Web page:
The cost scandal enveloping the €1.7bn National Children’s Hospital shows no sign of abating with the Department of Health unable to guarantee that the final price will not exceed €2bn.
Who will be held responsible for the financial fiasco that saw costs increase by €450m over a four-month period last year is unclear, but the blame game began at yesterday’s Public Accounts Committee.
Comptroller and Auditor General Séamus McCarthy said “it seems to me to be a project belonging to the Department of Health”, when asked who he believes was responsible.
However, department secretary general Jim Breslin shifted the blame to the National Paediatric Hospital Development Board (NPHDB) saying there was “a statutory responsibility on the board we created to construct the hospital”. And while it is correct to say he was the accounting officer, he “did not absolve the statutory body that we put in place either”.
Under questioning from Labour health spokesman, Alan Kelly, as to whether the cost of €1.7bn represents “the totality of the spend on the project”, Mr Breslin was unable to say, pending the outcome of a “scenario analysis”. This analysis is tasked with identifying the potential costs of any residual risks to the project.
Mr Breslin said he expects the analysis to be done in tandem with a PwC review of escalating costs, due for completion in March.
Mr Kelly asked him: “Can you guarantee us that this project will come in under €2bn?”
Mr Breslin answered: “So the only variation on the guaranteed maximum price are the exclusions from the contract and we’ve been asked by the Government to do a scenario of sensitivity analysis on the impact of those. That’s not complete, but that does include inflation above 4% from July of 2019, so I don’t think it takes it into that type of space.”
Officials also came under pressure to explain how Health Minister Simon Harris had not become aware of the €450m escalation until August 2018 when the board knew about it since June. Sinn Féin TD Jonathan O’Brien asked how it was possible that Paul Quinn, one the health minister’s three public interest nominees to the board, had not made the minister aware earlier.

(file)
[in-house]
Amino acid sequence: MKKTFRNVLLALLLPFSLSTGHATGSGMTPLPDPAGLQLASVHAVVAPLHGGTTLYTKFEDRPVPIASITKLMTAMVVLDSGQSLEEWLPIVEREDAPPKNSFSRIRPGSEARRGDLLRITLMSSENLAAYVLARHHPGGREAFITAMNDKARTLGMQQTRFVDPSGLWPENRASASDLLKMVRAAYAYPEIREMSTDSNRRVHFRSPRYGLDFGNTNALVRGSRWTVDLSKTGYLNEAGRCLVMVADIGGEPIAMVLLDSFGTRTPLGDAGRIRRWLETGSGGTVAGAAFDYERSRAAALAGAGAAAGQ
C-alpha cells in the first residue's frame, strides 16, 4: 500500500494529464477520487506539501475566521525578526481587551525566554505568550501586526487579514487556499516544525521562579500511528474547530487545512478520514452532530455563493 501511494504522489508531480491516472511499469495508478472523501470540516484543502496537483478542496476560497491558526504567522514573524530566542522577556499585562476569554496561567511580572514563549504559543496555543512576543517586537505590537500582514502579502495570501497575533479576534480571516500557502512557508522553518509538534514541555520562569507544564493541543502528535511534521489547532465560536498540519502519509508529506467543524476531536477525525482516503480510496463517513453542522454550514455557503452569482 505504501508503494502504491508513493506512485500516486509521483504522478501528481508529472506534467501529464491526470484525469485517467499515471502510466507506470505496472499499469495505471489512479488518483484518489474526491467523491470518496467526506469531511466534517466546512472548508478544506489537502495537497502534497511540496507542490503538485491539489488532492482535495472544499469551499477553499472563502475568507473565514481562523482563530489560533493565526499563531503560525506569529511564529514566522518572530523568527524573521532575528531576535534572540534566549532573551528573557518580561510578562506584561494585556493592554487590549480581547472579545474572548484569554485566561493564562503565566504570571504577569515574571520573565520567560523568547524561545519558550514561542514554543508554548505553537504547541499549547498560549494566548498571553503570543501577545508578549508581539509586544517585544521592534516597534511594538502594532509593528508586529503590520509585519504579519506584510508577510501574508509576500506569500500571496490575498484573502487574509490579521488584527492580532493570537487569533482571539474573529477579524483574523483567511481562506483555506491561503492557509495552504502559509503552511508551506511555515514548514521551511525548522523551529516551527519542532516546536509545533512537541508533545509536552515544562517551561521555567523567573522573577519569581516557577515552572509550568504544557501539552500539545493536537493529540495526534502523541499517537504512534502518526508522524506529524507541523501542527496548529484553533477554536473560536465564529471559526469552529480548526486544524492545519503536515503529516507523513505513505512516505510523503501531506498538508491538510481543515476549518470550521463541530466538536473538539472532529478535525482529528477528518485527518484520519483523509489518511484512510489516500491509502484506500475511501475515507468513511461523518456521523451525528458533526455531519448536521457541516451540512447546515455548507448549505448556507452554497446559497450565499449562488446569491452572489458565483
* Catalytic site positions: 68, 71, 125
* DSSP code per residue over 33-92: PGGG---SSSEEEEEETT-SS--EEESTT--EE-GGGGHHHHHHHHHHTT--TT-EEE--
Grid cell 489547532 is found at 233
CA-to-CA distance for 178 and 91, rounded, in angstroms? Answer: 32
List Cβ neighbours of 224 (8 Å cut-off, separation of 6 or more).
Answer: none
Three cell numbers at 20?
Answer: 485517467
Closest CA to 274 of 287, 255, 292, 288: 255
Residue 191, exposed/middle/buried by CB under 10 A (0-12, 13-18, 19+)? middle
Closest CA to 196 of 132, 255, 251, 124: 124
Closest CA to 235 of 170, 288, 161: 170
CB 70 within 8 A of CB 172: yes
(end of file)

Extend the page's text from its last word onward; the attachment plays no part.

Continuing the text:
Mr Quinn is chief procurement officer at the Department of Public Expenditure and Reform and also chair of the NPHDB finance sub-committee.
“We had the head of procurement in DPER sitting on a board aware of these escalating costs, and he’s sitting there to protect the public interest, yet there is a two-month delay between the board being aware and the Department of Health being told?” Mr O’Brien asked.
Mr Breslin confirmed this was the case, saying there were “formal reporting lines”. The committee was also told that Mr Quinn was on the board in “an individual capacity” and not as an official from the department.
Mr O’Brien said the “conspiracy theorist in me would ask if the delay in telling the minister had anything to do with reappointment of the board in July”.
“You became aware of escalating cost in June, you were reappointed in July, and you tell the department [of health] in August.”
Fine Gael TD Kate O’Connell said she finds it hard to accept that there was no communication between the head of procurement at Department of Public Expenditure and the Department of Health when costs had escalated so wildly.
The committee also heard that accounting firm Mazars conducted a review after costs escalated “to see who knew what in terms of reporting”. Mr O’Brien asked why PwC are now being tasked with another review, at a cost of up to €450,000.
The C&AG was asked if it is “unusual for a project this size to be on track one month [as the board claims it was up to June 2018] and then €450m over four months later”.
“That would be very concerning,” Mr McCarthy said.